Oprah keeps chickens, so why can’t we? The urban farming movement in Canada

Lia Grainger
Shine On
January 7, 2013

Last month, media maven Oprah Winfrey took to Twitter to show the world that she knows where her food comes from. A tweeted photo shows a blissful Oprah standing in front of a dazzling Maui landscape, displaying a basket full of eggs.

The caption: "Look what I just gathered. Chickens are workin',"

It’s hardly a surprise that a woman worth an estimated $2.7 billion should have her own flock of chickens.

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Yet Oprah isn’t the only one that likes fresh eggs for breakfast. There are thousands of Canadian city dwellers who believe that everyone should have the right to own a few egg producing chickens. The problem is that in many Canadian cities, keeping backyard hens is illegal.

The issue of urban hen farming is becoming a hot topic as more Canadians seek economic, ethical and environmental alternatives to industrialized food practices. Just as more urbanites are taking an interest in growing their own fruits and vegetables, there is also a renewed interest in keeping urban hens.

Paul Hughes is one of the people leading the charge.

A self proclaimed "food fighter" and founder of chicken raising club CLUCK, Hughes has been fighting a Calgary bylaw that prohibits “possessing and keeping livestock” within the city limits.

“I cannot buy an industrial egg anymore, I just know too much,” says Hughes. “I can have six pitbulls or 150 pigeons in Calgary, but I can’t have one egg producing hen.”

He argued in court this past spring that being able to raise your own food by keeping chickens is a charter right. Hughes lost his case, but it is now being appealed, and he predicts the battle could drag on for years.

Those who oppose urban coops, like the national Egg Farmers of Canada association, say the coops pose health risks, like salmonella or avian flu.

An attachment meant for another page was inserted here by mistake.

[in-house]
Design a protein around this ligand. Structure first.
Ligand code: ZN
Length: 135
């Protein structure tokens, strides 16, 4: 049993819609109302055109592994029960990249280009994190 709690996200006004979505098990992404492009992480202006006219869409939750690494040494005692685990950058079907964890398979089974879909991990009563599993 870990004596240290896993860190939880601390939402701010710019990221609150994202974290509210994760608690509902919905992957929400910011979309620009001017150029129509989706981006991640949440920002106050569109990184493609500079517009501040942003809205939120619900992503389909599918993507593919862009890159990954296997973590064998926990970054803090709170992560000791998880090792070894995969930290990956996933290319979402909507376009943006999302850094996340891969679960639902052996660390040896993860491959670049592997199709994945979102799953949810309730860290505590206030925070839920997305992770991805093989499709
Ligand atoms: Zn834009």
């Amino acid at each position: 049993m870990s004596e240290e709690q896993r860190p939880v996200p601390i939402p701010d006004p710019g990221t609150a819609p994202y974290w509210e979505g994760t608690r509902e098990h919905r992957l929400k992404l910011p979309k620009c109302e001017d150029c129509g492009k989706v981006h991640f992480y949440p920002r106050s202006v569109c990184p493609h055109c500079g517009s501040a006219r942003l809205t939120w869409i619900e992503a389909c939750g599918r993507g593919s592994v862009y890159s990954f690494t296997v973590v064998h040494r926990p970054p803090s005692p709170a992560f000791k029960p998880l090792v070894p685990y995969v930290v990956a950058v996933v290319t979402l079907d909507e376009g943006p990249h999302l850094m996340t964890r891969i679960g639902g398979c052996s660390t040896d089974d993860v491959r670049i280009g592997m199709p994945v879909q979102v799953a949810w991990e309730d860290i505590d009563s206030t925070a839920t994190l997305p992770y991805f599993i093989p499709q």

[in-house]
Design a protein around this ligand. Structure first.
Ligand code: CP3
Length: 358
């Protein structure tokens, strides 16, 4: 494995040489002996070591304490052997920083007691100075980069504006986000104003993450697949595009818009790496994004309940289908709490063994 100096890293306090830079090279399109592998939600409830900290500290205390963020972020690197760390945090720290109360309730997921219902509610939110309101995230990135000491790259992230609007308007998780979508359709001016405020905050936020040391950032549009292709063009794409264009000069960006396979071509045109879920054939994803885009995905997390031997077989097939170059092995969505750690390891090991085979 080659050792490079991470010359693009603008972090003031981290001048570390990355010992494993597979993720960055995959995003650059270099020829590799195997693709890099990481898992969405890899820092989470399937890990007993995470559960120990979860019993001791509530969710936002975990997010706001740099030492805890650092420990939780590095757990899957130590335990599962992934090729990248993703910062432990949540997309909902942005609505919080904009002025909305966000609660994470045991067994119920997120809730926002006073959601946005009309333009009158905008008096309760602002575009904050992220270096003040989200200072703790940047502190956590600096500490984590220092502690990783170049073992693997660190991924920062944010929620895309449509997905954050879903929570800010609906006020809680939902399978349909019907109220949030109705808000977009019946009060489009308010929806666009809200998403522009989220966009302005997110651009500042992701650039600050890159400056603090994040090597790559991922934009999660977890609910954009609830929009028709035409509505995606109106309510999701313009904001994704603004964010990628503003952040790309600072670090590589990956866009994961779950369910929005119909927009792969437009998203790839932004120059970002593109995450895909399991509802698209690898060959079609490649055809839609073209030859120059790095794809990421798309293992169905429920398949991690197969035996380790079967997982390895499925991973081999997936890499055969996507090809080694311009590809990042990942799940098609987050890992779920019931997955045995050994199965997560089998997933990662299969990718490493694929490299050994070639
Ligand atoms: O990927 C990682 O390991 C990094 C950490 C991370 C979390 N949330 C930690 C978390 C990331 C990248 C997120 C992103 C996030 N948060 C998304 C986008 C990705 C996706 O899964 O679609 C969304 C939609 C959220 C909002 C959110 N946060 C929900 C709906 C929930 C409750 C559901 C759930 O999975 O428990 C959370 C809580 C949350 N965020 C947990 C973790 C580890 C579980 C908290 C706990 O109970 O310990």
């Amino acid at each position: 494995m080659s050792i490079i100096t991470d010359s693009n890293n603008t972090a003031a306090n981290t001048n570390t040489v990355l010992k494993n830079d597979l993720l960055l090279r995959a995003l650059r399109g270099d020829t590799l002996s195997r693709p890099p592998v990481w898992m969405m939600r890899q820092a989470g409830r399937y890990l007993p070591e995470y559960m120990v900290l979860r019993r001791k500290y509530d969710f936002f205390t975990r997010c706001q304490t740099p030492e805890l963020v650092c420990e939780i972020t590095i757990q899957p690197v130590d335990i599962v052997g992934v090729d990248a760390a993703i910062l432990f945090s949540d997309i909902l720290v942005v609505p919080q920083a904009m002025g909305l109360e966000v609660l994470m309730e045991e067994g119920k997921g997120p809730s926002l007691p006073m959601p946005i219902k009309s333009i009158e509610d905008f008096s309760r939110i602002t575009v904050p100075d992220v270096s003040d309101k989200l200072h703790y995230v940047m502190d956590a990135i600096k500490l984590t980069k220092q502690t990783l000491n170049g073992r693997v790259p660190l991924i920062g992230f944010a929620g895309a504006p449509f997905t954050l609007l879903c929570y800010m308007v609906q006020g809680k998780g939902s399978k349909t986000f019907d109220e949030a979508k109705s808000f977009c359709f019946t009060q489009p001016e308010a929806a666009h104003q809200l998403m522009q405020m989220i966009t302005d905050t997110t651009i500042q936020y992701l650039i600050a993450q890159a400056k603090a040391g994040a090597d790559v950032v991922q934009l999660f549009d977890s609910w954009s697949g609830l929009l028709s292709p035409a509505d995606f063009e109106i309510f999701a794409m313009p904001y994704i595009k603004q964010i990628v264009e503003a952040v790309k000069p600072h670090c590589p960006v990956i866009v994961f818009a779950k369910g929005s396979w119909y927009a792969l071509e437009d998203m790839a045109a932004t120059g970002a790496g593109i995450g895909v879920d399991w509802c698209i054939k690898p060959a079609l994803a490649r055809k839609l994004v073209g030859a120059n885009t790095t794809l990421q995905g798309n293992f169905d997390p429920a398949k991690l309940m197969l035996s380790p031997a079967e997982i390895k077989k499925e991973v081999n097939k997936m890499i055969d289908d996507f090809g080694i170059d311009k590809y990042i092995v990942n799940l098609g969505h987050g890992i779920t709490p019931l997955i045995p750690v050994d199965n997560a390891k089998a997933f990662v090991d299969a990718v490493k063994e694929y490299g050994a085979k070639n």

However, Hughes claims there are no documented cases of either of these disease originating from a backyard coop.

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The rules about keeping hens vary by municipality, and many cities have amended bylaws in recent years to make keeping hens legal. You can raise urban hens in many big cities including Victoria, Vancouver, Brampton, Guelph, and Whitehorse, but not Toronto, Calgary or Winnipeg, reports Maclean's.

Hughes laments the fact that each municipality decides the rules.

“There are literally thousands of people fighting to keep hens, in all of these municipalities,” says Hughes. “This is not a small movement.”

Many like Hughes see keeping hens as a food security and food justice issue. At the core of the argument is the belief that it is the right of every individual — not just the Oprahs of the world -- to have access to good, healthy food.

Keeping hens is certainly one way to access cheap healthy food. A single hen will run you about $10-$25 dollars, requires only a square meter of land, and can produce about 300 eggs a year.

Urban hen farmers say they are clean, quiet and self-sufficient. They also argue that backyard coops are more ethical than commercial operations that may jam thousands of hens into cramped, lightless spaces.

“We see our hens as pets — they have names,” says Hughes, who says this is true of many of the urban coop keepers he knows. "They’re perfect for the urban environment -- pets with benefits."

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